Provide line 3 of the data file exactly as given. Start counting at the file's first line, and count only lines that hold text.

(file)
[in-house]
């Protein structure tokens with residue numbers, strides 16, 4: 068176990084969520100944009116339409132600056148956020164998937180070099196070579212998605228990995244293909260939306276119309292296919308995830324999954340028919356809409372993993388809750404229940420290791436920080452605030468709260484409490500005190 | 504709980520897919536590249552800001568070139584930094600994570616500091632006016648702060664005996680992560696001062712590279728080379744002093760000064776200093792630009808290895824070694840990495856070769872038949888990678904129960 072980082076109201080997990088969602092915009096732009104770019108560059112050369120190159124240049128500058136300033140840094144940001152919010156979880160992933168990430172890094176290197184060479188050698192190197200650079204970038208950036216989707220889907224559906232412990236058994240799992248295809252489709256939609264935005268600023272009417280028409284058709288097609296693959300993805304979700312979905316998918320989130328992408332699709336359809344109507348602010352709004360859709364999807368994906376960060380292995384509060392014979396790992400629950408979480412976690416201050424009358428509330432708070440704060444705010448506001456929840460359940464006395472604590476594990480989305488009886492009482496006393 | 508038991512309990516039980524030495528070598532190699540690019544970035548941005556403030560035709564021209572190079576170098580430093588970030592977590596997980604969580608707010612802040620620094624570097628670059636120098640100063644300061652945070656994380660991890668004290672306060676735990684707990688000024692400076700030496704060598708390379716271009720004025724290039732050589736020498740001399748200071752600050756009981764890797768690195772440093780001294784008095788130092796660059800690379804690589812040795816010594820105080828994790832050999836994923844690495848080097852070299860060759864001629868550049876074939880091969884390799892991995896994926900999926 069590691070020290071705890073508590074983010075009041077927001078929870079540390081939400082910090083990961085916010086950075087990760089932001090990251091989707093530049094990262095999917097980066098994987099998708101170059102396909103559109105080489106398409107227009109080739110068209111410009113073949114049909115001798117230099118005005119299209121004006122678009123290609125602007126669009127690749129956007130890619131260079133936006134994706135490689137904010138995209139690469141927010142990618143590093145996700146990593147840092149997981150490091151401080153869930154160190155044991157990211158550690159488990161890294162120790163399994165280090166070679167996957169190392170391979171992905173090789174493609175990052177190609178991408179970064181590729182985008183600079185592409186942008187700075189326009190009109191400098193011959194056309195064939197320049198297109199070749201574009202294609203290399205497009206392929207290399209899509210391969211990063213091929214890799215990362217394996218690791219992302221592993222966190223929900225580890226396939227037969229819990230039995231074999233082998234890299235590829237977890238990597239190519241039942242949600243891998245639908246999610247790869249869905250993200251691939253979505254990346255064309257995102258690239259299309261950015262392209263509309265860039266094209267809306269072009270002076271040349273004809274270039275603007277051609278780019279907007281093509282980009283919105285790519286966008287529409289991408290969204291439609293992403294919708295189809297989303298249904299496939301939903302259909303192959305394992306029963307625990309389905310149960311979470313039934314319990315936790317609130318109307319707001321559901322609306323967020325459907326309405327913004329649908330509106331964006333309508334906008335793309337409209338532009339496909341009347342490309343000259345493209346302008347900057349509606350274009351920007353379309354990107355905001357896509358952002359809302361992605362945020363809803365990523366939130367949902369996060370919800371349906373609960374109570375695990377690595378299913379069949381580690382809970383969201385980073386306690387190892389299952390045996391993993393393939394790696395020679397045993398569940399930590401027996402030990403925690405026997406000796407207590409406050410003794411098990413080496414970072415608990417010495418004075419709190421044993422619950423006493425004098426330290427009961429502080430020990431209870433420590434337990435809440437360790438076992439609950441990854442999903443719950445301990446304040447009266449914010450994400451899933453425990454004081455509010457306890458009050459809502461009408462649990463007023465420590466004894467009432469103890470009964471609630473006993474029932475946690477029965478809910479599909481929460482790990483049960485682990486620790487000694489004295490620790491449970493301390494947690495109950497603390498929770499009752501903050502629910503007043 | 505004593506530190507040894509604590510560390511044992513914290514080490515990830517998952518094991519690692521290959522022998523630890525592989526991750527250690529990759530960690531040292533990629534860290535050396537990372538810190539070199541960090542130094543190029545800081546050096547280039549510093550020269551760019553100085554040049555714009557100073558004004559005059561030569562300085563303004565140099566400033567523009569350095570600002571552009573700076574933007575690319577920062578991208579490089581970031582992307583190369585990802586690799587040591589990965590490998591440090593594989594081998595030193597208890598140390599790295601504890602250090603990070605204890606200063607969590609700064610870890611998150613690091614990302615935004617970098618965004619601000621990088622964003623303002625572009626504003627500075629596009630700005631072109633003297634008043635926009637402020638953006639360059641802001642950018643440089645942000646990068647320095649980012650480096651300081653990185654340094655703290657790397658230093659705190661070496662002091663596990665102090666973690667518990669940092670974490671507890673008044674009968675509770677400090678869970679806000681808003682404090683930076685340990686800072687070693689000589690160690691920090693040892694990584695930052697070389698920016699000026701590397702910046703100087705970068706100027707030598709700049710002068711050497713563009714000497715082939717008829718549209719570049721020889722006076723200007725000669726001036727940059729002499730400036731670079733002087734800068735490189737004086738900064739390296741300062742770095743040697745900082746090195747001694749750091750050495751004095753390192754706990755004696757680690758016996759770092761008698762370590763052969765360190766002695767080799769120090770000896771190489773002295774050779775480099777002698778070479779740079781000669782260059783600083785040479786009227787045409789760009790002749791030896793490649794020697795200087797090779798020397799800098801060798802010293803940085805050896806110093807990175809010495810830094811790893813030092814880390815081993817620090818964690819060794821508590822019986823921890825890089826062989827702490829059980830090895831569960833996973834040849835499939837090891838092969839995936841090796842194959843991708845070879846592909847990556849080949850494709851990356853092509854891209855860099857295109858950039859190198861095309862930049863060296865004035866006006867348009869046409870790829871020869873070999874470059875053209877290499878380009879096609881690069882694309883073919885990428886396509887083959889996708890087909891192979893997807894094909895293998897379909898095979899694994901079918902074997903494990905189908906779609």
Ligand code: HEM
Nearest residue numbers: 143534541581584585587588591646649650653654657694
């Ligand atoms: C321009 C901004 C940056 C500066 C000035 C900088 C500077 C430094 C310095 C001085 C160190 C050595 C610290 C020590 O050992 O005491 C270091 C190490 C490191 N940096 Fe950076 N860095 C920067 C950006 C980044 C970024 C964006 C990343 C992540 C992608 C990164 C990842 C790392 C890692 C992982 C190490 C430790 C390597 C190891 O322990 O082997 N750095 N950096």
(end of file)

Ligand code: HEM